U.S. Republican presidential hopeful Mitt Romney is moving closer to securing his party's nomination, after a sweep of Tuesday's primaries in Maryland, Washington, D.C. and Wisconsin. His closest challenger for the nomination, former U.S. senator Rick Santorum, has vowed to stay in the race and is hoping for a boost later this month from Pennsylvania, the state he represented in Congress.
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Former Massachusetts governor Romney celebrated his triple victories Tuesday night, before cheering supporters in Milwaukee, in the north-central state of Wisconsin.
"Thank you to Wisconsin, Maryland and Washington, D.C. We won 'em all! This really has been quite a night," Romney said. "We've won a great victory tonight in our campaign to restore the promise of America."
The wins follow high-profile endorsements for Romney, from Republicans who are calling on the party to unite behind him and focus attacks on President Obama, a Democrat.
With Tuesday's wins, the former governor has over 600 delegates - more than half the amount required for the nomination. Challenger Santorum has less than 300.
Former senator Santorum told supporters in Pennsylvania Tuesday the race is only midway through. He is hoping for a campaign boost in the state's April 24 primary.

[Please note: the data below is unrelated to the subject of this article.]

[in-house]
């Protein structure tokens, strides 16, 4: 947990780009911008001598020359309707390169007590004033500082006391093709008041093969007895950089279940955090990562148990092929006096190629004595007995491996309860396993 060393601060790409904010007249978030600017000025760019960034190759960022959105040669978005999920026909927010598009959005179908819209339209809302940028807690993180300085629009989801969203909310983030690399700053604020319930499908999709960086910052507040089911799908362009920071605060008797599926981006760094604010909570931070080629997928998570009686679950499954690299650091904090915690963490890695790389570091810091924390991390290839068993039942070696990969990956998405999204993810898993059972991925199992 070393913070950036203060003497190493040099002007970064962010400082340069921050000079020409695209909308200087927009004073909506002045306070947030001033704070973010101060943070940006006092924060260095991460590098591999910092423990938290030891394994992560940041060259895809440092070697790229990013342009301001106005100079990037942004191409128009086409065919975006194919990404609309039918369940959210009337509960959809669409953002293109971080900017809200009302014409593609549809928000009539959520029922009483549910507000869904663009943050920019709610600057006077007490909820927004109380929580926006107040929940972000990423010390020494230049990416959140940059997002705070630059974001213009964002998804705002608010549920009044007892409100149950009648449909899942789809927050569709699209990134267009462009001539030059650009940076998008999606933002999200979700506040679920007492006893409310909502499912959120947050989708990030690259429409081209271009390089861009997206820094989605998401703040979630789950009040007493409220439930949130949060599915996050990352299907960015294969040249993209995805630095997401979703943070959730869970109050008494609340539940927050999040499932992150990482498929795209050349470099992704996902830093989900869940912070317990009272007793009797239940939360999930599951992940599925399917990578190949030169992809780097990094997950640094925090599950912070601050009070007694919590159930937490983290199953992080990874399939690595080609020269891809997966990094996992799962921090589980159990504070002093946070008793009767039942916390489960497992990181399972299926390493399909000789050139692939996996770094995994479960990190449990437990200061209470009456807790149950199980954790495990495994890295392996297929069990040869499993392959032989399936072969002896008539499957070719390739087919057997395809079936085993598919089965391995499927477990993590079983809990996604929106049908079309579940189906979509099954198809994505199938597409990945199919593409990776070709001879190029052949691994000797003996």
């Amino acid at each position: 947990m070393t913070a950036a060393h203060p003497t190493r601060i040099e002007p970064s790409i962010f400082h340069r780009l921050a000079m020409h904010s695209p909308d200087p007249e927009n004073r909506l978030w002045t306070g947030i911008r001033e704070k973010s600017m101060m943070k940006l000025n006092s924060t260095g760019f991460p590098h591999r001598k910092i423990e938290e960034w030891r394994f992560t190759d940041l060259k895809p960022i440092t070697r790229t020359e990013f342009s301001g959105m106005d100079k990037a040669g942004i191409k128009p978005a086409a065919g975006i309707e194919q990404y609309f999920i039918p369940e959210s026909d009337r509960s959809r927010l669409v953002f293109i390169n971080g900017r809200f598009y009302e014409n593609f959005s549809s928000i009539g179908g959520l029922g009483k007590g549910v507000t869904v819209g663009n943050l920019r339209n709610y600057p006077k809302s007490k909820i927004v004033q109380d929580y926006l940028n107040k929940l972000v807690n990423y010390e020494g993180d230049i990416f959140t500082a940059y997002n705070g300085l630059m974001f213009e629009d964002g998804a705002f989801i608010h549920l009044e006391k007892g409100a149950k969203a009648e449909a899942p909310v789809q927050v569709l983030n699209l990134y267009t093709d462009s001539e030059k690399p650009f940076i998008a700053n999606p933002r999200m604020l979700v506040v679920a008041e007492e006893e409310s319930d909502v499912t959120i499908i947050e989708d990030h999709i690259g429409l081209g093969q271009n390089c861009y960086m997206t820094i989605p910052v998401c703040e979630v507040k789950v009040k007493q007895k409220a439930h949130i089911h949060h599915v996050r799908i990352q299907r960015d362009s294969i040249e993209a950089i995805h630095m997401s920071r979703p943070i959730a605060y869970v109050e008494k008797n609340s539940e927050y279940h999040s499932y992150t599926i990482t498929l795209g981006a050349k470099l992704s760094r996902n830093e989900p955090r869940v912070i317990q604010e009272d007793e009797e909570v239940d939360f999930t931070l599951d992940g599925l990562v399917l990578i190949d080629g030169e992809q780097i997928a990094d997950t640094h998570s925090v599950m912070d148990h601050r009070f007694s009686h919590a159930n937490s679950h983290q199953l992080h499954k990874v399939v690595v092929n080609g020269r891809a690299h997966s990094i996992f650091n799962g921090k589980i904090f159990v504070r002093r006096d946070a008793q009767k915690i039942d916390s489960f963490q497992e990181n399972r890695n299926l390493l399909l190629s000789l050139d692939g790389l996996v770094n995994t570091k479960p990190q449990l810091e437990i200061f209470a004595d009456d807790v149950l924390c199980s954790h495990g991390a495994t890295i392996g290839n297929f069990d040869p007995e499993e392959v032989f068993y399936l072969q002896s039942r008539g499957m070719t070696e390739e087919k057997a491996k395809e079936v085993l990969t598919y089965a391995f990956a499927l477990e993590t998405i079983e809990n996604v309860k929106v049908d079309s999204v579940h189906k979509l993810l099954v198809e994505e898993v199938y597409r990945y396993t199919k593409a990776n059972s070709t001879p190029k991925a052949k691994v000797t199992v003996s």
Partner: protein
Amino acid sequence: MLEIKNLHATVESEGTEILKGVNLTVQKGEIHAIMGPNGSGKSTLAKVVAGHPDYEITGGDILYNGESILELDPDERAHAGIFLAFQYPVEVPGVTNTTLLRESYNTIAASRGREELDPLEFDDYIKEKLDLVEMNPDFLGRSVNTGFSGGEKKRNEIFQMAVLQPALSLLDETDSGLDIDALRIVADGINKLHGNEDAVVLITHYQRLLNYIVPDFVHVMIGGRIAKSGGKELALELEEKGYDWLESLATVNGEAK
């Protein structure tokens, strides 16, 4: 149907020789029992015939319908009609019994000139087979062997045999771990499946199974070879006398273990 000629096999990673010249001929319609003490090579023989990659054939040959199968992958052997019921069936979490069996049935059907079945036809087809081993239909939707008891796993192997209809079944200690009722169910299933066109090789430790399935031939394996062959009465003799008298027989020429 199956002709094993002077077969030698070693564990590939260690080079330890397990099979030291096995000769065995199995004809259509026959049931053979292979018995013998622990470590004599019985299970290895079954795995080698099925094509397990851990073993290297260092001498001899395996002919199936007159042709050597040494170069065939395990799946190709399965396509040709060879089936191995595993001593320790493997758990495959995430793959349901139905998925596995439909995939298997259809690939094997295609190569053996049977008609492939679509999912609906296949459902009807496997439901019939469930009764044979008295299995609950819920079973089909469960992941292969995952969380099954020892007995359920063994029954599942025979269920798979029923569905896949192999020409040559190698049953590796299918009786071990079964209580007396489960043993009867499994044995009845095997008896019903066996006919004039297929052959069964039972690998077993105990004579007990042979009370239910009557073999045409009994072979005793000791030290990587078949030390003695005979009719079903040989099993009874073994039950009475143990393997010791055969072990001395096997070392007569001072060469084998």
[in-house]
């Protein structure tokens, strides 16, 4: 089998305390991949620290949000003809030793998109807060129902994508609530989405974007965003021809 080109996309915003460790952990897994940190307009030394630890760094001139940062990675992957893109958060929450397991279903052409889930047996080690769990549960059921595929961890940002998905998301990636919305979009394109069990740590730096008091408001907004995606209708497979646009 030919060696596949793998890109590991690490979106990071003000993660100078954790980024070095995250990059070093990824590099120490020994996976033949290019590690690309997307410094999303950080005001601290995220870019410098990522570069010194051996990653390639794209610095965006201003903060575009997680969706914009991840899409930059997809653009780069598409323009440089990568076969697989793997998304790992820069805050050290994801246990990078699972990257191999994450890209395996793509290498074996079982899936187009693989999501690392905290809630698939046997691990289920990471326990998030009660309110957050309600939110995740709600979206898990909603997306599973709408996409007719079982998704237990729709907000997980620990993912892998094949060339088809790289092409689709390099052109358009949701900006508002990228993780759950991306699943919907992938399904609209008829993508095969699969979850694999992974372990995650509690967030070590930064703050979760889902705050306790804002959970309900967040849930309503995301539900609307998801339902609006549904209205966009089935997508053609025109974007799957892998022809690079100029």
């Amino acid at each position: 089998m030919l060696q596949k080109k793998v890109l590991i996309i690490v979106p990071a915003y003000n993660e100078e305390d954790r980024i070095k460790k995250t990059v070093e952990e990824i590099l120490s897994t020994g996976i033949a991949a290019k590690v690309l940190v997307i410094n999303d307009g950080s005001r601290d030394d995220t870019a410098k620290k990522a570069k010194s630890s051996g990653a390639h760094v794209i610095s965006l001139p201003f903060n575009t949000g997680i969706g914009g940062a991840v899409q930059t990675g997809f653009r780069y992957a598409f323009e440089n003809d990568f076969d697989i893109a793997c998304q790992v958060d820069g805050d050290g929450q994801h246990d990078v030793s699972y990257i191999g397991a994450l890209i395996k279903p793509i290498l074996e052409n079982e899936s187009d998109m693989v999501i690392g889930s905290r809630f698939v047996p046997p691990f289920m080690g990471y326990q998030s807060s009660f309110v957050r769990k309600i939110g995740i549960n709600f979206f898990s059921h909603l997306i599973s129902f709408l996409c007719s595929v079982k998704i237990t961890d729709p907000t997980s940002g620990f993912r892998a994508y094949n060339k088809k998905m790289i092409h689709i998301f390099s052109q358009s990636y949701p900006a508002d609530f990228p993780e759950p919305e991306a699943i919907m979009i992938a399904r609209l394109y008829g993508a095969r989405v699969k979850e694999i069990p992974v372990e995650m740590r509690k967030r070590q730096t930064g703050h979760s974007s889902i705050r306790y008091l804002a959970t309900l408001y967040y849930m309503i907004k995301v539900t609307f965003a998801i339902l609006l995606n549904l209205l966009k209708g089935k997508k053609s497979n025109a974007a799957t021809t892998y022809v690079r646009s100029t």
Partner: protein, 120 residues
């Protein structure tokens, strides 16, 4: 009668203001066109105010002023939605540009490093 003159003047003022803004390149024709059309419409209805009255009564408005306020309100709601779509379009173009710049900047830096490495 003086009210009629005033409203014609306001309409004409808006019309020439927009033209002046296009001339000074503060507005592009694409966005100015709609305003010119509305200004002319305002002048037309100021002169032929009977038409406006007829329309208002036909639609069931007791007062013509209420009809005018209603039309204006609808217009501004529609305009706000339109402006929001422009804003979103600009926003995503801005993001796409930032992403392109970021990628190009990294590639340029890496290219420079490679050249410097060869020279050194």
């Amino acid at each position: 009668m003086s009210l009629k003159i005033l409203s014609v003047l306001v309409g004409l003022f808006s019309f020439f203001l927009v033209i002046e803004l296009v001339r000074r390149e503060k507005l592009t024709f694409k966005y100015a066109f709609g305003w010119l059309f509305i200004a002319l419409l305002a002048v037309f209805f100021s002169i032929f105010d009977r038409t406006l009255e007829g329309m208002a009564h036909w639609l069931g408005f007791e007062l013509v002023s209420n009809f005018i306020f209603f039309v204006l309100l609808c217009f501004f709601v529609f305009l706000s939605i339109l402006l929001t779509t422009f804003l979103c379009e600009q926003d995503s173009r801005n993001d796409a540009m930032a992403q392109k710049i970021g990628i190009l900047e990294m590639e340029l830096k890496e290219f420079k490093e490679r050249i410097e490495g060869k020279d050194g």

"Ladies and gentlemen, Pennsylvania and half the other people in this country have yet to be heard," Santorum said.
Romney on Tuesday looked ahead to the election, taking swipes at the president, slamming his policies and blaming him for the country's economic woes and high gasoline prices.
President Obama had strong words for Republicans earlier Tuesday, telling the annual meeting of the Associated Press editors and publishers that the Republican budget plan is "an attempt to impose a radical vision on the country that would have devastating consequences for the middle class."
The president, who has seen high gas prices and economic concerns hurt his popularity, had an advantage over Romney in a national survey released Monday. The USA Today/Gallup poll indicated 49 percent of registered voters would vote for Obama if the election were held now, compared to the 45 percent who would support Romney.